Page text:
Author: Johnston, Wayne
Publisher: McClelland & Stewart
Year Published: 1994
Subcategory: Fiction / Literary
Condition Rating: Slight wear, may have creased spine, folded pages, good-condition ownership stickers
Summary: Human Amusements
is the most eccentric of Wayne Johnston's novels, and it is a book that will likely surprise readers of his best-known work, The Colony of Unrequited Dreams
. Rather than dwelling at length on approved Big Historical Issues, Johnston turns his consistently original sense of humour to satire and pop culture, resulting in a tale that is both thought-provoking and deliciously glib.
The heart of this novel is the hapless Prendergast family, an ill-starred trio who initially seem like the cast of an early, slightly twisted sitcom. Audrey and Peter Prendergast are substitute teachers, barely scraping by in the stolid Toronto of the late '50s. Peter wants to become a "serious novelist," while Audrey is a devoted writer of rejected television scripts. When Audrey's proposal for Rumpus Room, a children's program, makes it on air, she becomes an instant star--as does her son, Henry, who is cast as Bee Good/Bee Bad, the show's exemplary animal characters. Fame and family tensions take their toll on the Prendergasts, leading this once-TV-ready family into utter chaos.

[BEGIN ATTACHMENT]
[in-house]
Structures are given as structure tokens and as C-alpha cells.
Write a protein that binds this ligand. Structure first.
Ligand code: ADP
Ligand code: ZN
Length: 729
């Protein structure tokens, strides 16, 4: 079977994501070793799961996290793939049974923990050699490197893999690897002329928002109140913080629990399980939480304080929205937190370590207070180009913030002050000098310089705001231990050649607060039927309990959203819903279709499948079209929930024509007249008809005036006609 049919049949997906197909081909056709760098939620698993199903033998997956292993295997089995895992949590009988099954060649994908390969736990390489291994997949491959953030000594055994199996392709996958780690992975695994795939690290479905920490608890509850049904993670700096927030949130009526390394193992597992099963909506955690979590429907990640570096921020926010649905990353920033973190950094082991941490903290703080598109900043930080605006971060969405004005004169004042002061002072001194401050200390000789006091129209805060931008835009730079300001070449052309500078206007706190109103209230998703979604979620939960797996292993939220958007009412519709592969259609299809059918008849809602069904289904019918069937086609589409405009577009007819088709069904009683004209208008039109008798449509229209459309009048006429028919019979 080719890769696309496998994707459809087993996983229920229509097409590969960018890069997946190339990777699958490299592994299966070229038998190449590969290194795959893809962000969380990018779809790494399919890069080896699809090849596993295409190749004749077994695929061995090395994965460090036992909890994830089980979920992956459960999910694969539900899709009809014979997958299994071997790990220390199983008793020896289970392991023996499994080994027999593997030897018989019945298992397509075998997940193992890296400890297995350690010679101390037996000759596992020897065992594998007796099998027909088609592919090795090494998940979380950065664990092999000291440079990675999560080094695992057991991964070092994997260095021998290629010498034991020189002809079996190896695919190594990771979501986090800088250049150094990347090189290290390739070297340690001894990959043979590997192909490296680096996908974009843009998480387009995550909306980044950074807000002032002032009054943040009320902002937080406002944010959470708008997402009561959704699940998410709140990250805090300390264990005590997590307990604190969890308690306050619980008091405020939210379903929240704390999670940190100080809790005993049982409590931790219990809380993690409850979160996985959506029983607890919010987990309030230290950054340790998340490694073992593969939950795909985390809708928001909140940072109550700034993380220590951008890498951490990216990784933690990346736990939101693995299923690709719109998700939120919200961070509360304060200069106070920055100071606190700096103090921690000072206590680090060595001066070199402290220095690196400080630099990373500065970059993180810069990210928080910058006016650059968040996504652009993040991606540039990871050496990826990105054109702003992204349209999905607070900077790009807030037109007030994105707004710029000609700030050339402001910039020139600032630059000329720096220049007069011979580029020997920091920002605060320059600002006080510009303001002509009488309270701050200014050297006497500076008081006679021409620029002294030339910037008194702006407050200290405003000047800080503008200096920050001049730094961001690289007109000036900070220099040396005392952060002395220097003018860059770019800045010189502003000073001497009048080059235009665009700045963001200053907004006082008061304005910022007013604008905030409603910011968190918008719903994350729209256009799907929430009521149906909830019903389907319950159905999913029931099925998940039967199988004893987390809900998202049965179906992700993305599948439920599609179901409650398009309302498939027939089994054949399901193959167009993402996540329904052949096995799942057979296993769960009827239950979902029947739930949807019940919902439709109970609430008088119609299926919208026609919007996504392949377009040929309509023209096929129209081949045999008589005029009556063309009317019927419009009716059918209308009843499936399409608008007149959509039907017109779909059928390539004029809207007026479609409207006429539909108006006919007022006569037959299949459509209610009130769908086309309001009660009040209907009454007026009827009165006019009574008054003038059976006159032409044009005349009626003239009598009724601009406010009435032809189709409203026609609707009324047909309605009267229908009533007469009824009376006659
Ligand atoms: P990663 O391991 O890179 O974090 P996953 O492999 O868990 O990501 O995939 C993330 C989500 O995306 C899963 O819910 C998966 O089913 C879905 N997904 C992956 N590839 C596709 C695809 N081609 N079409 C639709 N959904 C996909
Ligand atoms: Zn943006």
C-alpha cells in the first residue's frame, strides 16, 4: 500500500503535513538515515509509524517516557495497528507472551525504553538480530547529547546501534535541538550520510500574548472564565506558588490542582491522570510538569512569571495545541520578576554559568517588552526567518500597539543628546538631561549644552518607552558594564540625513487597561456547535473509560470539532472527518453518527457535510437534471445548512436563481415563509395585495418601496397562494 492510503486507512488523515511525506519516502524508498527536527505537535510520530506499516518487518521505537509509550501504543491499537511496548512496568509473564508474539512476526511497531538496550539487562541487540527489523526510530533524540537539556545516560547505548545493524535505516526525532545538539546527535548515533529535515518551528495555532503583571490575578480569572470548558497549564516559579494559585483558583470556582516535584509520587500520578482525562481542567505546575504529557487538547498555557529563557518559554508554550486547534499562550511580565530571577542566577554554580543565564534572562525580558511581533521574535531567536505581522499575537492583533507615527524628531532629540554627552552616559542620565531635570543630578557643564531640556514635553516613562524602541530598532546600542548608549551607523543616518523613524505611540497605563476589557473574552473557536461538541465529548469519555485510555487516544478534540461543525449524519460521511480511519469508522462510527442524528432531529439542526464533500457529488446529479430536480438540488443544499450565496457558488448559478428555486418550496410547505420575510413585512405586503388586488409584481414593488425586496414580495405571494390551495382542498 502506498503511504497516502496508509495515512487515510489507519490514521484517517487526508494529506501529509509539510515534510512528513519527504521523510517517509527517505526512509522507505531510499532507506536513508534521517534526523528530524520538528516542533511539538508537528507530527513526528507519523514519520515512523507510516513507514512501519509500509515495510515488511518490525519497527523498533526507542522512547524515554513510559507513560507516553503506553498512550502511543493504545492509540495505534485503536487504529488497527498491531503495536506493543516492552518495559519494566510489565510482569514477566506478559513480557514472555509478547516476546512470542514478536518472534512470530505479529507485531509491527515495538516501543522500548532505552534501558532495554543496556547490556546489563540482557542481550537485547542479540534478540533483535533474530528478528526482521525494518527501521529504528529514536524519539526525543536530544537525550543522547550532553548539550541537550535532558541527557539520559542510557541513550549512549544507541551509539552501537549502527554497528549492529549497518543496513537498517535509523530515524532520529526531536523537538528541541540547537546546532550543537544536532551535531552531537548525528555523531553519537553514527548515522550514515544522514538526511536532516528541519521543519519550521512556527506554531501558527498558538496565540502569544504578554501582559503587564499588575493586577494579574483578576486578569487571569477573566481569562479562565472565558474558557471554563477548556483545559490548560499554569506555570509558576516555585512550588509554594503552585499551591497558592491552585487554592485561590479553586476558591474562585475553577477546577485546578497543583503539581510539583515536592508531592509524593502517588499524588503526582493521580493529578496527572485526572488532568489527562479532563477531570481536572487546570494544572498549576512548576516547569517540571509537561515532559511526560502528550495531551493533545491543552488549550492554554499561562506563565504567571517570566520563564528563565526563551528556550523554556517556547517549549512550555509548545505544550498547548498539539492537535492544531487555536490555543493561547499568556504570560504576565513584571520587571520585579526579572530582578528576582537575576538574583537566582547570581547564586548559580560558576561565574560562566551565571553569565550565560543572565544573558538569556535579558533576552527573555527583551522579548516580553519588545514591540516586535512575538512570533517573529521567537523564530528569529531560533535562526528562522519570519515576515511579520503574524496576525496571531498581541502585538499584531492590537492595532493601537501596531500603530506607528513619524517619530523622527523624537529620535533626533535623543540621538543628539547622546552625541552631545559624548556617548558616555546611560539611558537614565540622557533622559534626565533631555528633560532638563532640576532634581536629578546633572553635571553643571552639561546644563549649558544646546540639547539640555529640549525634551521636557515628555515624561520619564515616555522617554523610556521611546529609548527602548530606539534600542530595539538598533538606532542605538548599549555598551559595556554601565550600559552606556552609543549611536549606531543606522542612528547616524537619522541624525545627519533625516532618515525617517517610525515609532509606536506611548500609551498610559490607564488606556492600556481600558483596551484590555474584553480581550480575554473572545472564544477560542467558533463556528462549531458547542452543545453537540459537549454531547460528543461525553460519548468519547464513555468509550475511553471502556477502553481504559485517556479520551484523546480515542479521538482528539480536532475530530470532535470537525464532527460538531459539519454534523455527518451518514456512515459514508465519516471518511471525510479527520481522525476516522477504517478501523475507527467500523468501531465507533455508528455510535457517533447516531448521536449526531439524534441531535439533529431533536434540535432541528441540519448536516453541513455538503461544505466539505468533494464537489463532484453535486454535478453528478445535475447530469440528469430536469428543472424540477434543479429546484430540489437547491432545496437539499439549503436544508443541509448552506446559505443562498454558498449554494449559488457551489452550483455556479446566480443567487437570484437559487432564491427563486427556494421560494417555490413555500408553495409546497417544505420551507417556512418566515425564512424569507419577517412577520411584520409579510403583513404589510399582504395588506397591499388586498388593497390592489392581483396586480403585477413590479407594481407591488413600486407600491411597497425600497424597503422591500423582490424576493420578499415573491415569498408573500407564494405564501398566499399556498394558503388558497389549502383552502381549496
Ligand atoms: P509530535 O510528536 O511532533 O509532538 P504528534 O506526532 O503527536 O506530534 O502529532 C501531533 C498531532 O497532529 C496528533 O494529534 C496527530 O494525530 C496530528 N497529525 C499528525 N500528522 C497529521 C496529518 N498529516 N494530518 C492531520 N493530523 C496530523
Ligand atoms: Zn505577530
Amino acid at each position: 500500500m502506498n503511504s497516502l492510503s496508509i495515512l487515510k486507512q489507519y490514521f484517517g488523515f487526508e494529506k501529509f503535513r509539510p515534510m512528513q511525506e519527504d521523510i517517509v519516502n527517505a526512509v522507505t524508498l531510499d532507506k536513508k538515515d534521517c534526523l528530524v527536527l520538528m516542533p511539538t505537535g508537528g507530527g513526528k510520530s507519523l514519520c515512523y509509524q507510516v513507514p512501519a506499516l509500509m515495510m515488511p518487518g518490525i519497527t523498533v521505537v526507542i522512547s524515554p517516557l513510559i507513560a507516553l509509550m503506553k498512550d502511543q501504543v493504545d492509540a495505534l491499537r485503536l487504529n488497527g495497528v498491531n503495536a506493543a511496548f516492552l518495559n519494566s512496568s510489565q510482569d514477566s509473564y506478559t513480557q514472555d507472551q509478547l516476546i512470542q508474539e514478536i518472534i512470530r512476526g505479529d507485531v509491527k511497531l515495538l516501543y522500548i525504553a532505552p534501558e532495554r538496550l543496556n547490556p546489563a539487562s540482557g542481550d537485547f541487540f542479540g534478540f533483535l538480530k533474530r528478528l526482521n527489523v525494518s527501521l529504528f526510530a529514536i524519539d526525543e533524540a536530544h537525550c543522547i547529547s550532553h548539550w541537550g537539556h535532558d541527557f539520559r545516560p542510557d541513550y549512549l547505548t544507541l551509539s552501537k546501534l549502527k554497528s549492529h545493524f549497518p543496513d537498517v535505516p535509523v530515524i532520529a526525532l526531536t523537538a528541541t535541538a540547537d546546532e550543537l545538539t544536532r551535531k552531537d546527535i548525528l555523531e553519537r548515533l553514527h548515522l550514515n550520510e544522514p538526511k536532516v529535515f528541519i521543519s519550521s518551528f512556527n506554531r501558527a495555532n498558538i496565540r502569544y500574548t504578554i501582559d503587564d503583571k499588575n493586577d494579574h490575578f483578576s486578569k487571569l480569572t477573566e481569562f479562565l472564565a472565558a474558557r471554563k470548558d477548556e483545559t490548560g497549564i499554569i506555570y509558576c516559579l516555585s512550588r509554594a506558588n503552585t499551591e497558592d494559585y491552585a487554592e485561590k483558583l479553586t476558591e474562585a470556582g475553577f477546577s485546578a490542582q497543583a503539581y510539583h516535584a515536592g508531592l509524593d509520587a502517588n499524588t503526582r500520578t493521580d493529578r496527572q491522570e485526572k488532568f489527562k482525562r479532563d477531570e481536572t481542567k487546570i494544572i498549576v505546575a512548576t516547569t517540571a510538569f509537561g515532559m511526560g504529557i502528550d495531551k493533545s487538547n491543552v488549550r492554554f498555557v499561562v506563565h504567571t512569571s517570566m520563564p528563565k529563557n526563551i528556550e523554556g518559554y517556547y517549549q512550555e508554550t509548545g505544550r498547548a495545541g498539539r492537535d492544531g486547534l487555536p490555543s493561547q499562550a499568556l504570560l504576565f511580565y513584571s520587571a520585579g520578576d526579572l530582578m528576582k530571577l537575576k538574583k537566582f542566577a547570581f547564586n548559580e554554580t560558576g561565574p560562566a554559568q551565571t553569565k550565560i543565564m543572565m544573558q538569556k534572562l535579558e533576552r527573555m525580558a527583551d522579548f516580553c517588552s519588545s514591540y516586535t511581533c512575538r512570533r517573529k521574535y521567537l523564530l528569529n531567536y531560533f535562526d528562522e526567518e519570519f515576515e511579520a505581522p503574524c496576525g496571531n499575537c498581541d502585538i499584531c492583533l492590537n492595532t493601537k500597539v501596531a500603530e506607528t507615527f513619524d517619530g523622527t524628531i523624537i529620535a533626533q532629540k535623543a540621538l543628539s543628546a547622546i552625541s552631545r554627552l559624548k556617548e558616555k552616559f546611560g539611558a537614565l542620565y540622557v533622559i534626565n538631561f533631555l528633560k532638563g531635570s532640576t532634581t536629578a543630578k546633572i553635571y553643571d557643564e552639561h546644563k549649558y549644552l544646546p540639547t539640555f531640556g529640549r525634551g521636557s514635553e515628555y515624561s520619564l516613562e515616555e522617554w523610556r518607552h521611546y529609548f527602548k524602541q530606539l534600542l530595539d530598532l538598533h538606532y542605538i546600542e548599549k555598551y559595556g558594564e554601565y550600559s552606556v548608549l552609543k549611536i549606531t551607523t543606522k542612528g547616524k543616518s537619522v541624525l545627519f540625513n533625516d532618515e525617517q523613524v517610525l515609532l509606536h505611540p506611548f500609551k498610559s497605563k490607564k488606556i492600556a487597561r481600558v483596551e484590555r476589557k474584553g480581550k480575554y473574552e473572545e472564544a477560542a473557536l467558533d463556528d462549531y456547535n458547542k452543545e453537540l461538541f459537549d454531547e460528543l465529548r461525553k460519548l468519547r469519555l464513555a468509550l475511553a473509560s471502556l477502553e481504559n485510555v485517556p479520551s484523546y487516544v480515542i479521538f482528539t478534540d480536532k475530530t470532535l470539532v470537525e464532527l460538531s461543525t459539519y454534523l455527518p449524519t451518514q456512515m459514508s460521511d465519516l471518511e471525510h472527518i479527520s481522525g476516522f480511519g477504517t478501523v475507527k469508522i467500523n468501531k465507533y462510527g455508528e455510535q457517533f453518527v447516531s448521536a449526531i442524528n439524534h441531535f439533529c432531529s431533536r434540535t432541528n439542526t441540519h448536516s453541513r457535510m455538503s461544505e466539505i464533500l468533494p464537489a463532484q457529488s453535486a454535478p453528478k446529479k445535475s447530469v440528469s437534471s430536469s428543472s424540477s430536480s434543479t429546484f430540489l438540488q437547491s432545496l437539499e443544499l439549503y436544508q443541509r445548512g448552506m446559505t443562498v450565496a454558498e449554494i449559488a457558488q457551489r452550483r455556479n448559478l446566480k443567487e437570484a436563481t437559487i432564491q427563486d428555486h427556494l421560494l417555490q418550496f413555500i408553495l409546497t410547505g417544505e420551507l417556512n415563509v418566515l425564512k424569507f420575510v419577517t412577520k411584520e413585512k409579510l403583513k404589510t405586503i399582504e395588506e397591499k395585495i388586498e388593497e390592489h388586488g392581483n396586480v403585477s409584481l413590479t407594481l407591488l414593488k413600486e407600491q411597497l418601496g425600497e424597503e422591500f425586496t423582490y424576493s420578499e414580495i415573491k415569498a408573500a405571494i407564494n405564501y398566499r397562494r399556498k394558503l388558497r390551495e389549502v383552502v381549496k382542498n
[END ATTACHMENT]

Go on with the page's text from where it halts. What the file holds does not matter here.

Johnston treats his characters with a seemingly light touch, and Human Amusements sometimes feels like giddy fluff, but it is nothing of the sort. Few novels about the first generation of career women have treated their subject so delicately, or with such effortless complexity. Human Amusements is an exceptionally good book, one that is both riotously funny and melancholically humane. --Jack Illingworth
In Store Location: Bookcase 22 - General Fiction 1,